Tuesday, February 08, 2005
EXTREME SCHOOL BUS ADVENTURE!
Join the AV Geeks and Alamo Drafthouse as we drive a big school bus around Austin with a 16mm projector in the back and a keg in the front. Skip Elsheimer of AVGEEKS.COM will be screening a barrage of school bus safety and disaster films for your horror and amusement. The bus loads at 8 PM at Alamo South Lamar. Admission $20. Get your tickets NOW as seating is VERY limited! Click here to order online
8:00pm, Thursday February 24th, Alamo Drafthouse 1120 South Lamar
AUSTIN, TX (512) 476-1320
For this screening, the AV Geeks and Alamo Drafthouse have teamed up with Austin Voices and rented the Maplewood Elementary School assembly hall and cafeteria. Skip Elsheimer, legendary 16mm educational film collector will be presenting a collection of shorts entitled CAFETERIA CHAOS, explaining the do's and don'ts of cafeteria behavior, including the now infamous MR. BUNGLE. Included in your ticket will be a nutritious, well-balanced meal (with tater tots!) prepared by the Maplewood kitchen ladies, access to the PTA bake sale and more. Proceeds benefit Austin Voices. Call Alamo for more information about this special show! Click here to order online.
7:30pm, Friday February 25th, Sponsored by Alamo Drafthouse 409
Colorado St, Austin, TX (512) 476-1320
An evening of old school films about--interestingly enough--the hazards of going to school in the 1960s and 70s. Films include: Our Obligation, Lunchroom Manners, How Quiet Helps at School, And Then It Happened and more! Door prizes! Bring a friend or two! Admission $5
8:00pm, Saturday February 26th, Aurora Picture Show 800 Aurora St,
3:00pm, Sunday February 27th, Aurora Picture Show 800 Aurora St,
CAN"T MAKE IT OUT FOR A SHOW?
The AV Geeks has been working with the Internet Archive digitizing high-quality video files for free download or streaming - a broadband connection is recommended.
Get your favorite school film on DVD or video tape!
See ya soon,
Saturday, February 05, 2005
WHAT IS JAPANESE ANIME HELL?
Japanese Anime Hell is a free-form video presentation featuring short film clips, commercials, failed pilots, amateur films, found video, instructional and educational films, music videos, film trailers, and other miscellaneous material. Some of the material is Japanese animation, other material is not. The name "Japanese Anime Hell" is a misnomer, but one that has served well for years.
WHAT IS JAPANESE ANIME HELL *NOT*?
Japanese Anime Hell is NOT solely a screening of anime parodies. It is NOT solely an amateur film festival. It is NOT a showing of "the worst of Japanese anime." It is not a program of ultraviolent gore or porno. It is NOT a bring-your-own, all-request hour. It is NOT tightly scripted or scheduled. The spontaneous, "loose" nature of the event is part of the appeal.
WHO RUNS ANIME HELL?
Right now several people run HELL events at different conventions across the country. Until his recent passing Dan Baker ran HELL at AnimeFest, Ushicon, and A-Kon, and maintained the Anime Hell web blog. His duties have since been assumed by Dr. Mila. Ryan Gavigan handles Anime Central, and he and Jeff Tatarek run HELL at Ohayocon. Mike Toole does HELL at Anime Boston, Phil Lee has run HELL at Animazement, and Daryl Surat has run similar events in Florida. Dave Merrill thought the whole thing up and currently handles Anime HELL at Anime Weekend Atlanta and Anime North. In the past he did HELL at Animazement, Dragon Con, Sugoicon, Anime Central, and other shows.
The "clip show" event has been a part of entertainment for years and directors like Joe Dante and John Landis have worked in the field. The HELL participants share material and tips, and we reserve the usage of the term "ANIME HELL" for events that we collectively run, or at least have some way of knowing will not suck. Those wishing to run similar events at their own conventions should be prepared to offer me (Dave Merrill) airfare, hotel accommodations, and a generous per diem. Failing that, they should come up with their own crazy clip show event.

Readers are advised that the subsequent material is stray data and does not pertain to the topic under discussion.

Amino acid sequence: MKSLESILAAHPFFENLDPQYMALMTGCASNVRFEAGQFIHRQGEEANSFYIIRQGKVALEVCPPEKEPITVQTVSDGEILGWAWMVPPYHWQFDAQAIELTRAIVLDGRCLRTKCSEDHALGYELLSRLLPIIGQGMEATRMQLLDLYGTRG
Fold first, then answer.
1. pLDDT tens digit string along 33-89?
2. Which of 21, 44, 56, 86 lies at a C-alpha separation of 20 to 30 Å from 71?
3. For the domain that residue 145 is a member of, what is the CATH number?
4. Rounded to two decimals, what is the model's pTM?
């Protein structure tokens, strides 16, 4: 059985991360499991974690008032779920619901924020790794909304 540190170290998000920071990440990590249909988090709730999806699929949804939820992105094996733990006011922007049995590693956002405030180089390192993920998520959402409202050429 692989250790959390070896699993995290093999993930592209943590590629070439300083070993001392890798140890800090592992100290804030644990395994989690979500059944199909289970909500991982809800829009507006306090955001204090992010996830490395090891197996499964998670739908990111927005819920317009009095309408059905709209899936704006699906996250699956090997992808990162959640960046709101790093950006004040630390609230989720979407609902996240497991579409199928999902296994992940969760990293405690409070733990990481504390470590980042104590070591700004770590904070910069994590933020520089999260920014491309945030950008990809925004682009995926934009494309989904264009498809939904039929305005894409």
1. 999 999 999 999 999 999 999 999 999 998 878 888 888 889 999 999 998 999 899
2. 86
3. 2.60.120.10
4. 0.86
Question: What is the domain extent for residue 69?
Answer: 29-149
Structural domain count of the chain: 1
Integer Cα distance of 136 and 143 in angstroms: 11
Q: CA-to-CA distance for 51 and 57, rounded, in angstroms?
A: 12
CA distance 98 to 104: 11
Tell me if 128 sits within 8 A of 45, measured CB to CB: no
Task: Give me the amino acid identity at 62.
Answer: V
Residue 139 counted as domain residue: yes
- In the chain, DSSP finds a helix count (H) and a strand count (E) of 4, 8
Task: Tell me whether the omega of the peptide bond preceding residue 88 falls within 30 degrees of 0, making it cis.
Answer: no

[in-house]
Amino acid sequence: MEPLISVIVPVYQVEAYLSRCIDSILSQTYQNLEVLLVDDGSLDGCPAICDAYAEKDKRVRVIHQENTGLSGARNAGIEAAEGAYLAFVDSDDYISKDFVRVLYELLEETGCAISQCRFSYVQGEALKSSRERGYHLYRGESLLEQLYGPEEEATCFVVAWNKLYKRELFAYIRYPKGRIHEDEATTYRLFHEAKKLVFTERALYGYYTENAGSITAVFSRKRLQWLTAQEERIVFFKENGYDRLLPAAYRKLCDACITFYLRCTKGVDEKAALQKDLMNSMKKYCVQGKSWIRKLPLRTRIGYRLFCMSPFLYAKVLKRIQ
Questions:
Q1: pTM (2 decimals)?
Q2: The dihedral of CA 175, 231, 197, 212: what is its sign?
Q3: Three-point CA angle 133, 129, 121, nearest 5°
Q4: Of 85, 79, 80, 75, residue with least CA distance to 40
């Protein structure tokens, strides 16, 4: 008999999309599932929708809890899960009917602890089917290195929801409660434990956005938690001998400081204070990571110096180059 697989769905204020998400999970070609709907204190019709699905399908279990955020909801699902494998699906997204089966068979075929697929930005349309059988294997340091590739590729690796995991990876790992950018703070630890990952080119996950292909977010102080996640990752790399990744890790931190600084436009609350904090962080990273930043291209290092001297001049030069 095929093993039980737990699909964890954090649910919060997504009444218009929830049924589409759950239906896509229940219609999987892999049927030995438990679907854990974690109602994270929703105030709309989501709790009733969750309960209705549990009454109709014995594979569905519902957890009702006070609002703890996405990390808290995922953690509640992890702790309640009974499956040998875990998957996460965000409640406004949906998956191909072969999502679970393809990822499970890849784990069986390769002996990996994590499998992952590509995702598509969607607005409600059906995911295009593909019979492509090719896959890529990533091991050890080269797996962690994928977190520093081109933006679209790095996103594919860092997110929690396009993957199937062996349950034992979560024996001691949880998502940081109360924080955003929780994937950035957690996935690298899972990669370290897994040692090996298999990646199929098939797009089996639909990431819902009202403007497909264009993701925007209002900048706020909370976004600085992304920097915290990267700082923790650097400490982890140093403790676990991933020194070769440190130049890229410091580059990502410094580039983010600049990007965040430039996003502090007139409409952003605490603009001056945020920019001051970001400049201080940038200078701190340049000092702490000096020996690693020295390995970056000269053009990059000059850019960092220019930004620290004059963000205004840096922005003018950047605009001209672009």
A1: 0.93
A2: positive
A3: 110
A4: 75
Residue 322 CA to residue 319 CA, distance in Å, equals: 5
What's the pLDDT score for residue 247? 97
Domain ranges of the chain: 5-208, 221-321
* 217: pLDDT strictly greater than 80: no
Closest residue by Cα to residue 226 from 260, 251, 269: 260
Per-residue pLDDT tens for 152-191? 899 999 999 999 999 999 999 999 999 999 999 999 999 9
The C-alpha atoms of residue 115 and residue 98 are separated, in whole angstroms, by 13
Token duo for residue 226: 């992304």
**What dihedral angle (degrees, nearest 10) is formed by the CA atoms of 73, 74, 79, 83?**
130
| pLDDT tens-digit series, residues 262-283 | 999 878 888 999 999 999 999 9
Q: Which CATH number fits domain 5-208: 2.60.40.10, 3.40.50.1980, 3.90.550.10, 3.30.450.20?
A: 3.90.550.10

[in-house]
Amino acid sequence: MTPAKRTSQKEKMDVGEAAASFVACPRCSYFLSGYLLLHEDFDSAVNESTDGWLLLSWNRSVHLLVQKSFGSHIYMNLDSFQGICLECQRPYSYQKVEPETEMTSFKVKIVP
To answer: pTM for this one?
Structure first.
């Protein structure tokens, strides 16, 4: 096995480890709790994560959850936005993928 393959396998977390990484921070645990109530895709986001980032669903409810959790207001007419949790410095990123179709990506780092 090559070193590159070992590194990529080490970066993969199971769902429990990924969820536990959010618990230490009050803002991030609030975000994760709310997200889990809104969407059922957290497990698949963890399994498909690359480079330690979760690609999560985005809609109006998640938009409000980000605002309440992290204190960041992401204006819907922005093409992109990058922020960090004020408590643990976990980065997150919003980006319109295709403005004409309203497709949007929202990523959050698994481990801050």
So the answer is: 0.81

WHY SHOULD YOUR CONVENTION HOST JAPANESE ANIME HELL?
It probably shouldn't. It's 2016. Crowds of 1000+ have enjoyed HELL at conventions like Anime Central and Anime Weekend Atlanta, where it has become a popular late night Friday event. Requirements of staff and A/V equipment are small, and the returns are large. It's a fun evening that adds to the convention experience for many people, and a way to experience material that otherwise may never be seen.
WHY IS JAPANESE ANIME HELL ENTERTAINING?
We really don't know. Some of the material is amusing in and of itself; other material is amusing only because of its removal from its original context (classrooms, afternoon TV of the 1980s, European TV). Still other material is entertaining precisely because of its failure to entertain. The enjoyment level of the audience is a constantly changing factor that is always being monitored by the HELL "dj". Material that was funny one year might not be funny the next. Material that amuses in Atlanta may not amuse in Cincinnati. Every event is different.
WHAT ARE THE REQUIREMENTS FOR ANIME HELL?
Most anime conventions already have the basic ingredients: DVD players, video projectors, sound systems, meeting rooms. HELL is sometimes prerecorded, sometimes mixed live, sometimes a mixture of the two, and sometimes requires not only several video sources, but a switching system to switch between them. A microphone is necessary for explanation and commentary to the audience. Other requirements will vary according to who is handling the event. At least fifteen minutes setup time should be taken into account. Size of the room will vary according to how popular the event is at the host convention; if HELL is well known and anticipated, audiences of considerable size can be expected. A first-time HELL at an unfamiliar convention might not require the same space. The convention liaison should discuss requirements thoroughly with both the HELL organizer and the convention's AV department.
IS HELL OFFENSIVE OR DEROGATORY?
Usually. While HELL does not deliberately feature ultra-violent gore or pornography, some material that may be found offensive is sometimes included. This is why the event is usually held after 9:00pm in the evening. Other HELL material may include racist or fascist propaganda, disturbing industrial or training films, sexually oriented material, or religious programming that is either self-parodying or deliberately altered. For instance, a hentai anime title would itself not be considered for HELL programming, but a TV news report on hentai anime would definitely be HELL-worthy. It is understood that this material does not reflect the opinions or positions of HELL or of the convention as a whole. HELL feels that exposing this material to ridicule is a public service.